“For we wrestle not against flesh and blood, but against principalities, against powers, against the rulers of the darkness of this world, against spiritual wickedness in high places.” – Ephesians 6:12
Decades ago when I was very young, my grandmother, Mary Kupelian, told me a haunting story I’ve wondered about ever since.
As I sat in the kitchen of her cozy little home in Bethesda, Maryland, eating her delicious homemade bread and talking about a frequent topic – the Armenian Genocide, which she and my dad (as a little boy) had barely survived – she shared with me the following enigma.
“The Turkish people are very hospitable people,” she said with surprising warmth, seeing as they had murdered her husband and dozens of other members of her extended family, just a few of the 1.5 million Christian Armenians killed by the Turks during the first genocide of the 20th century. Grandmom knew the Turkish people well, not just from having grown up in southern Turkey, but from having returned several times to the “old country” later in life, during more quiescent times.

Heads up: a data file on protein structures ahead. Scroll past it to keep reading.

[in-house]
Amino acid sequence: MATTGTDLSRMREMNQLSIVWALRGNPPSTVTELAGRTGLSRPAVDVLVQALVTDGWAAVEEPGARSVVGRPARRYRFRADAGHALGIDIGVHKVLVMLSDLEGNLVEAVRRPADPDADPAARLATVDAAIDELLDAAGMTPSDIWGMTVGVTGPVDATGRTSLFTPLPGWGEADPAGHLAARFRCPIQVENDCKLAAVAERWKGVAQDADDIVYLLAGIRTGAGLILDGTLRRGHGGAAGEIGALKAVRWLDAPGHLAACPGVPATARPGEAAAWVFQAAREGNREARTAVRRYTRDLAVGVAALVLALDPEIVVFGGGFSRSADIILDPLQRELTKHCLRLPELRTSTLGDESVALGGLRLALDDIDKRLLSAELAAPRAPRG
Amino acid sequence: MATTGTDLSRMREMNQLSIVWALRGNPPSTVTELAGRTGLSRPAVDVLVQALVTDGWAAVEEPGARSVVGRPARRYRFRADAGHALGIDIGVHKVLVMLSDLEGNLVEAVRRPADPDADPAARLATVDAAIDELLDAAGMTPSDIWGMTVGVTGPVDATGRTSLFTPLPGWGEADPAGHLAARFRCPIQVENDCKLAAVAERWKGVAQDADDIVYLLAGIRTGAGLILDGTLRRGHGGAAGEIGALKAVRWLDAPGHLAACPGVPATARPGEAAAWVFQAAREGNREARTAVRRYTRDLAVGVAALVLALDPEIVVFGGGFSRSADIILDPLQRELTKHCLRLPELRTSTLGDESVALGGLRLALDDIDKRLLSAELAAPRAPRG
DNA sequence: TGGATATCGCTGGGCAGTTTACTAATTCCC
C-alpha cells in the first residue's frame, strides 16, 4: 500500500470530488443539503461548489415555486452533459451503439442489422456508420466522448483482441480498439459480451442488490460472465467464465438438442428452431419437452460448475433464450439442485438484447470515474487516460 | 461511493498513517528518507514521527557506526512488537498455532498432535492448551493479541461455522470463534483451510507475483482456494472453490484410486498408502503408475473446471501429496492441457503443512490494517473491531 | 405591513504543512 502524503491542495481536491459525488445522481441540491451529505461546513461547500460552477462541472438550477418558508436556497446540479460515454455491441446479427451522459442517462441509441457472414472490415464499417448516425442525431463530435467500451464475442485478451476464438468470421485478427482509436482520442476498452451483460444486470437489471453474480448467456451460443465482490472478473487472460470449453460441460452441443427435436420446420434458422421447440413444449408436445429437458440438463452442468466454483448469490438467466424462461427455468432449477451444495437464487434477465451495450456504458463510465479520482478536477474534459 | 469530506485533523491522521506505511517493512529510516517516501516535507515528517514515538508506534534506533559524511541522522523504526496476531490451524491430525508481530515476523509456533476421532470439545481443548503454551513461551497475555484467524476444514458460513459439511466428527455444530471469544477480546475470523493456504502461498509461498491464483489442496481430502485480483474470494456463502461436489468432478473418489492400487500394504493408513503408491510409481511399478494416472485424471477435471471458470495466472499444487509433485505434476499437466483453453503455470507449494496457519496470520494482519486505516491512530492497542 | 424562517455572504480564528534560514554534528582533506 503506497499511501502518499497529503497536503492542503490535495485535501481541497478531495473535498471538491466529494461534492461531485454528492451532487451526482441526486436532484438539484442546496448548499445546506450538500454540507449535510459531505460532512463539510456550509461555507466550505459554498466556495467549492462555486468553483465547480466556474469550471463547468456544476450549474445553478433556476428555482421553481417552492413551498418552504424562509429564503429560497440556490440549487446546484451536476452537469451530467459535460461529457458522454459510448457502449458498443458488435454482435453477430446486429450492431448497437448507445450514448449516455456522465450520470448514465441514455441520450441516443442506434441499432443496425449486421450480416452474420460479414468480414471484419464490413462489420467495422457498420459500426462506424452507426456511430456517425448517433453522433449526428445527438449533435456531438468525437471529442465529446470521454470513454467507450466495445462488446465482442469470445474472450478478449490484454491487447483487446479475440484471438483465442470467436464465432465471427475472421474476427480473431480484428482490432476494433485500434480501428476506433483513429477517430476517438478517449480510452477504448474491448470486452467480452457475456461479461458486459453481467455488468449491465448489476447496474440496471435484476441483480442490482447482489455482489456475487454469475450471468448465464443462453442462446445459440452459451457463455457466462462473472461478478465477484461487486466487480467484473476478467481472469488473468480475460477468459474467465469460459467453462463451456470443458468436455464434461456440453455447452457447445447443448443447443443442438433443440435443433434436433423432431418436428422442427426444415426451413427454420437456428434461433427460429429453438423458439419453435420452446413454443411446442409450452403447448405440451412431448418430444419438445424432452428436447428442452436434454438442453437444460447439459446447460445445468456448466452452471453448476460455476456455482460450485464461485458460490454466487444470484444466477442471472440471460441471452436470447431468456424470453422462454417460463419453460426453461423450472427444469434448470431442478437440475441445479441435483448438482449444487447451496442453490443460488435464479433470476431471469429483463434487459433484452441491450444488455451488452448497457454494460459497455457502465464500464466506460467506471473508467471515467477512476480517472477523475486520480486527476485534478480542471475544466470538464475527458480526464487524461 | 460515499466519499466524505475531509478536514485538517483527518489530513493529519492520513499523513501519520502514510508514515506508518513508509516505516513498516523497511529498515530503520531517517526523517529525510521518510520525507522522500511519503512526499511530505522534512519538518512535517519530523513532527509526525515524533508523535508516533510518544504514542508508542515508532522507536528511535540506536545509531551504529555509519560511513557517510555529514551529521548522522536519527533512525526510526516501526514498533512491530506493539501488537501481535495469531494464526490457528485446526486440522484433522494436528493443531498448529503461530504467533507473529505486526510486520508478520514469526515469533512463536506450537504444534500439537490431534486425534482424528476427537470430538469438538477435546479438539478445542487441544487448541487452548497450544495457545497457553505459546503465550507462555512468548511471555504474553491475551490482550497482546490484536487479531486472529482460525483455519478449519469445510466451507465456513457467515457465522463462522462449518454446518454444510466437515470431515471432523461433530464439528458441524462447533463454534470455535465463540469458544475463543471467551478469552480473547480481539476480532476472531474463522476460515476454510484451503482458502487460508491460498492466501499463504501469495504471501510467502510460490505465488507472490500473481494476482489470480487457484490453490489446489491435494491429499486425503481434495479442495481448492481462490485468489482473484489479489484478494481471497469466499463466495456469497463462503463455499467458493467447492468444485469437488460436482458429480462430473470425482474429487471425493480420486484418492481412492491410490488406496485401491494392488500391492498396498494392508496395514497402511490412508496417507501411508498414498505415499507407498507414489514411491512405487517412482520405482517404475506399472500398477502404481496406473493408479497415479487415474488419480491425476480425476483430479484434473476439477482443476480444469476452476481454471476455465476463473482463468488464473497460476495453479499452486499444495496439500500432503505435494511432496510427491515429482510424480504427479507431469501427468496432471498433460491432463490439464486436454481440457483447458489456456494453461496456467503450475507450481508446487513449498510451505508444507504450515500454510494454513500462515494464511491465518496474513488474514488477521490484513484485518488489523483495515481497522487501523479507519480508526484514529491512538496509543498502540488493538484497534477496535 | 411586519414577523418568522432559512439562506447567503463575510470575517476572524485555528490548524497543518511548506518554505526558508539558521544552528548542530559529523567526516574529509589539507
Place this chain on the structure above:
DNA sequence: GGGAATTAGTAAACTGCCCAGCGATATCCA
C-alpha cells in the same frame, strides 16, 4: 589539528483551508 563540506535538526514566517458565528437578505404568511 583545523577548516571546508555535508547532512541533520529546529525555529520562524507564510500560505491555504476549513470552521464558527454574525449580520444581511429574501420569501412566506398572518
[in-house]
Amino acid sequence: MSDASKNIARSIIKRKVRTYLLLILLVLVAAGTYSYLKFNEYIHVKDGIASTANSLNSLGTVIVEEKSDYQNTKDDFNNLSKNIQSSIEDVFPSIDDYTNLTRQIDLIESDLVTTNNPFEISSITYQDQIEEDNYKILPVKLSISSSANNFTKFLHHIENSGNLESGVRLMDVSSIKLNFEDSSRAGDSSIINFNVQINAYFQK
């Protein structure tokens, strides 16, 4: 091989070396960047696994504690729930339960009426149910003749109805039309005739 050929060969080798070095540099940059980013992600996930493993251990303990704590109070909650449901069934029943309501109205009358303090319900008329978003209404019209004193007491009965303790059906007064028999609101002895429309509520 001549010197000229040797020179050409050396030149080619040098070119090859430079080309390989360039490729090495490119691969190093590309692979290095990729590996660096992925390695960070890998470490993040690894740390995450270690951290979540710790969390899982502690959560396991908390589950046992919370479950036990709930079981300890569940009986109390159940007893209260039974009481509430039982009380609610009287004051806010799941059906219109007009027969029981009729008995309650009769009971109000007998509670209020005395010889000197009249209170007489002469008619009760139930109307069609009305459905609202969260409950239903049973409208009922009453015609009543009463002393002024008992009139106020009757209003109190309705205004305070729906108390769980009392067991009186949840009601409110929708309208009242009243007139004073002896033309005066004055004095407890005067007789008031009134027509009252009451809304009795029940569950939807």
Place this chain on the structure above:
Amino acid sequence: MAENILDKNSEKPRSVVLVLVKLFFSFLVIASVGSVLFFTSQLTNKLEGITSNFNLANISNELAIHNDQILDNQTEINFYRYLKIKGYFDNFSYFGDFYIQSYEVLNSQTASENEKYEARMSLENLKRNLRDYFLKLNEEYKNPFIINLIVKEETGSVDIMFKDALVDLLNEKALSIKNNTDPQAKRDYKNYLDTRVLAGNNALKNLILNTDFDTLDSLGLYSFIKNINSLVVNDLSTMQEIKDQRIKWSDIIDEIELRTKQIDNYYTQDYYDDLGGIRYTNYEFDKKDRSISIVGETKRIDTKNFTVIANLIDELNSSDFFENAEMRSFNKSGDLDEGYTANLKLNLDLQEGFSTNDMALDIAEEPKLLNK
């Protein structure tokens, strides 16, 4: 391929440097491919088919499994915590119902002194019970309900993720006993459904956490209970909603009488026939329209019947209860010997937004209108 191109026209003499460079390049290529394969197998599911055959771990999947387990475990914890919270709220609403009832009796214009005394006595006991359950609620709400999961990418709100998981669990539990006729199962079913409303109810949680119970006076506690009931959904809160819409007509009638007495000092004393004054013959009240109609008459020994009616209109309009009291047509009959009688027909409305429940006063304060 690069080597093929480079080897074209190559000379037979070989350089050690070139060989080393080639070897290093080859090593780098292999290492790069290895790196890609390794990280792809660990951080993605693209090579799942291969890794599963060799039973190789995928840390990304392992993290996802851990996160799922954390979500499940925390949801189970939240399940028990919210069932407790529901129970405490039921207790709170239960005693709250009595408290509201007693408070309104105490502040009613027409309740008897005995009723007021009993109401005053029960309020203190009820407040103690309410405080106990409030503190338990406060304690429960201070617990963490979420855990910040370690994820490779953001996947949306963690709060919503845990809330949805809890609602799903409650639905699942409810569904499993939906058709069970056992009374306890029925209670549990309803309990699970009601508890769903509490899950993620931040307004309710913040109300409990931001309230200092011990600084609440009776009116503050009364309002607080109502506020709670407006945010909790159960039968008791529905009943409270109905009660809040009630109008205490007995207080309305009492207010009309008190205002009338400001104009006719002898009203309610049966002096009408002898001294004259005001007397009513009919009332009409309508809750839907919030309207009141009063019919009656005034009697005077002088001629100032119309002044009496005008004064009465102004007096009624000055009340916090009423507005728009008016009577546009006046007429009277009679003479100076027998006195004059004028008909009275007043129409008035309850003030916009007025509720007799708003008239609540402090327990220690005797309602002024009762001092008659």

However, continuing her story, she intimated to me that the Muslim Turks lived under the spell of strange forces.
“They were very hospitable and would invite you in,” she said. “But, if a distant signal was given – it sounded something like a trumpet – then they would instantly change, and would attempt to harm you. Yet if the signal sounded again, they would immediately switch back to normal.”
“Even,” she added by way of illustration, “if they had injured you after the first signal, as soon as the second signal sounded, they would bind up the…
via The Armenian Genocide and my grandmother’s secret.